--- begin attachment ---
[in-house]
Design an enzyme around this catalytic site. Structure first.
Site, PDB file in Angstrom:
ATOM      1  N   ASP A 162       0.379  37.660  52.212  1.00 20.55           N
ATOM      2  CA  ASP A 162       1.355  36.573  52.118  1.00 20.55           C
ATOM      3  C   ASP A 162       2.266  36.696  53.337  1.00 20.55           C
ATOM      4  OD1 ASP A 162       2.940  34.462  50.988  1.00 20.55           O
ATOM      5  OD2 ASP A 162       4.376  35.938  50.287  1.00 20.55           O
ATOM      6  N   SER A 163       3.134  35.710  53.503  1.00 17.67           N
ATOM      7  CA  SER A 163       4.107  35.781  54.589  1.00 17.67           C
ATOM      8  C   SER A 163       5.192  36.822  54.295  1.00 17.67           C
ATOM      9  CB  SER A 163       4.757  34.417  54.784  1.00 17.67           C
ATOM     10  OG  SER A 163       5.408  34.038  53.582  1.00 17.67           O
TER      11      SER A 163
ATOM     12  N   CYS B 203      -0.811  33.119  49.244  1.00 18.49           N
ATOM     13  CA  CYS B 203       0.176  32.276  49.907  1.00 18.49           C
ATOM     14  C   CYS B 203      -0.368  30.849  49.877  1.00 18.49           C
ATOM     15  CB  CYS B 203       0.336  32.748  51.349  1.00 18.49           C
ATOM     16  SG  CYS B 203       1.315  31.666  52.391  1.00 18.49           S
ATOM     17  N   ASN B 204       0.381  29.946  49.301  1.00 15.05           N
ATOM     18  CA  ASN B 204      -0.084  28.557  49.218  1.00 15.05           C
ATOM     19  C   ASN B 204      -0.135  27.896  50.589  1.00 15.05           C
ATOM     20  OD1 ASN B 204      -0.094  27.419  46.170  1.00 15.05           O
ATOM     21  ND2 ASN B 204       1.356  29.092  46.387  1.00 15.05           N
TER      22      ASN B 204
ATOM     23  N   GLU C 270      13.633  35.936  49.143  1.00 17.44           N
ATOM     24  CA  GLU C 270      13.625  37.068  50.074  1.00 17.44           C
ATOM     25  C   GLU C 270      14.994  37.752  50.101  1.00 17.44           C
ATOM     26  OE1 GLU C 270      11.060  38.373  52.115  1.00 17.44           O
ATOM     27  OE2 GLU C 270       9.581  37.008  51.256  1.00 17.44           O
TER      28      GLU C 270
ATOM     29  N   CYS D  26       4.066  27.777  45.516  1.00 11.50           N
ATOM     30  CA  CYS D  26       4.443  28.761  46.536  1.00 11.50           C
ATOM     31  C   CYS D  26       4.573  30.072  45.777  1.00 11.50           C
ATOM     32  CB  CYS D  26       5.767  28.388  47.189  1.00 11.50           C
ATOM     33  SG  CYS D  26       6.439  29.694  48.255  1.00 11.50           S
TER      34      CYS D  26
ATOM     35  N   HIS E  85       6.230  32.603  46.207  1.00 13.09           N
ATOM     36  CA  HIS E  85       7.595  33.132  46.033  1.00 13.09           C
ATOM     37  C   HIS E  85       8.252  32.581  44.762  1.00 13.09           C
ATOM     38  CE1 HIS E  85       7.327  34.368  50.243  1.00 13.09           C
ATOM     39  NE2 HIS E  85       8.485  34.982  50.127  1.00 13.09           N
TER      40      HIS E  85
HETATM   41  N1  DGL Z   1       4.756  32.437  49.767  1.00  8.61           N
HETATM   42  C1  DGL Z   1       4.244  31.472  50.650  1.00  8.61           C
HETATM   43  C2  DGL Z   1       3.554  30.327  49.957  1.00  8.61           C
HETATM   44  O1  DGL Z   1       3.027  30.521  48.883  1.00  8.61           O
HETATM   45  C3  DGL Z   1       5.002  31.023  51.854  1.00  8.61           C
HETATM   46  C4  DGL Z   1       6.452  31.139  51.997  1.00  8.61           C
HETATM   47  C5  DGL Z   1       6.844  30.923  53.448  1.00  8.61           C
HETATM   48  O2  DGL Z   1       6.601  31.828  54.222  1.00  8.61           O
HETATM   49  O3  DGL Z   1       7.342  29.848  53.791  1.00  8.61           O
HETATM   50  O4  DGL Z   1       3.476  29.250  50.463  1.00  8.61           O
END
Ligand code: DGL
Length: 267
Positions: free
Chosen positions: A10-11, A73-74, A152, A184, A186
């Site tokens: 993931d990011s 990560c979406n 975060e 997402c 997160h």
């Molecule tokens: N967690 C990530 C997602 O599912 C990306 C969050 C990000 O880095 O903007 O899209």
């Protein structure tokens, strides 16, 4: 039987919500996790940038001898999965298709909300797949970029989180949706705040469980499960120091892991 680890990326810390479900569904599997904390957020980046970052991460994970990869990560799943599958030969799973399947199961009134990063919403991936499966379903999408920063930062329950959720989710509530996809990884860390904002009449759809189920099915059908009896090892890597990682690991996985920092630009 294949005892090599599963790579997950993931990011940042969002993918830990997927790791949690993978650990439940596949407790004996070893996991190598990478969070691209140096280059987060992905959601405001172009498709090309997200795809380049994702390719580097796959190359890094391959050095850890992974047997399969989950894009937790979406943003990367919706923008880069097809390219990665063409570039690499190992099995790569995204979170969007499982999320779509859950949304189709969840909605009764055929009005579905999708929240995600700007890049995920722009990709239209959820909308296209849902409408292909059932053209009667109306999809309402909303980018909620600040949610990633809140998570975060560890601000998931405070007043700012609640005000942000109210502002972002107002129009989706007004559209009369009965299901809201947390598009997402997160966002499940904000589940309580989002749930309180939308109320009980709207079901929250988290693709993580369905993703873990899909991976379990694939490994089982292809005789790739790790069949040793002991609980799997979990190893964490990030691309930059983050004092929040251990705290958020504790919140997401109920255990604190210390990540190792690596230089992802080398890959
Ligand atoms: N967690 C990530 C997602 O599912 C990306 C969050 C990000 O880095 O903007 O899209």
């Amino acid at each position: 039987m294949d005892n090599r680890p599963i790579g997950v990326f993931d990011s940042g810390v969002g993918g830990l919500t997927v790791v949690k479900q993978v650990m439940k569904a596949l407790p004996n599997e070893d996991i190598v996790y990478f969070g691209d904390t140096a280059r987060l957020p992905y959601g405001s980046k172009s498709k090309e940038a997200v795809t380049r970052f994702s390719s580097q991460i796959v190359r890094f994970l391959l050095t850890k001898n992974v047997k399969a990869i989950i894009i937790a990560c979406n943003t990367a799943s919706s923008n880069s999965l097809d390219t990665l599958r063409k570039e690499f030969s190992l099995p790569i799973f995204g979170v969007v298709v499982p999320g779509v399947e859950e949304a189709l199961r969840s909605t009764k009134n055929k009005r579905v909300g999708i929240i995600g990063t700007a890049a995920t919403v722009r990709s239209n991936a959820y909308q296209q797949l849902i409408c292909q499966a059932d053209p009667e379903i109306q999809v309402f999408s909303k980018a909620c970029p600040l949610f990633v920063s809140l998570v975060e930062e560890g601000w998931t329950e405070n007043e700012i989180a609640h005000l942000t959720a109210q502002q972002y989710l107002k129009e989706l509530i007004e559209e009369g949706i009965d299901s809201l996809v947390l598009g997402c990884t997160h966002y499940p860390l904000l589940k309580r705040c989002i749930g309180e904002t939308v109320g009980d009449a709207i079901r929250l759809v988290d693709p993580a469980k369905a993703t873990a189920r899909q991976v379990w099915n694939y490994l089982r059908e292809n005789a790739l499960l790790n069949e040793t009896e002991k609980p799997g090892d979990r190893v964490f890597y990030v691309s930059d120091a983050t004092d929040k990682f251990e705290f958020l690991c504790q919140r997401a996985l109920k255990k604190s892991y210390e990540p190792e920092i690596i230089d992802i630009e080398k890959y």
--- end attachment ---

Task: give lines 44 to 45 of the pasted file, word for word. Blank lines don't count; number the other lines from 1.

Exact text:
HETATM   41  N1  DGL Z   1       4.756  32.437  49.767  1.00  8.61           N
HETATM   42  C1  DGL Z   1       4.244  31.472  50.650  1.00  8.61           C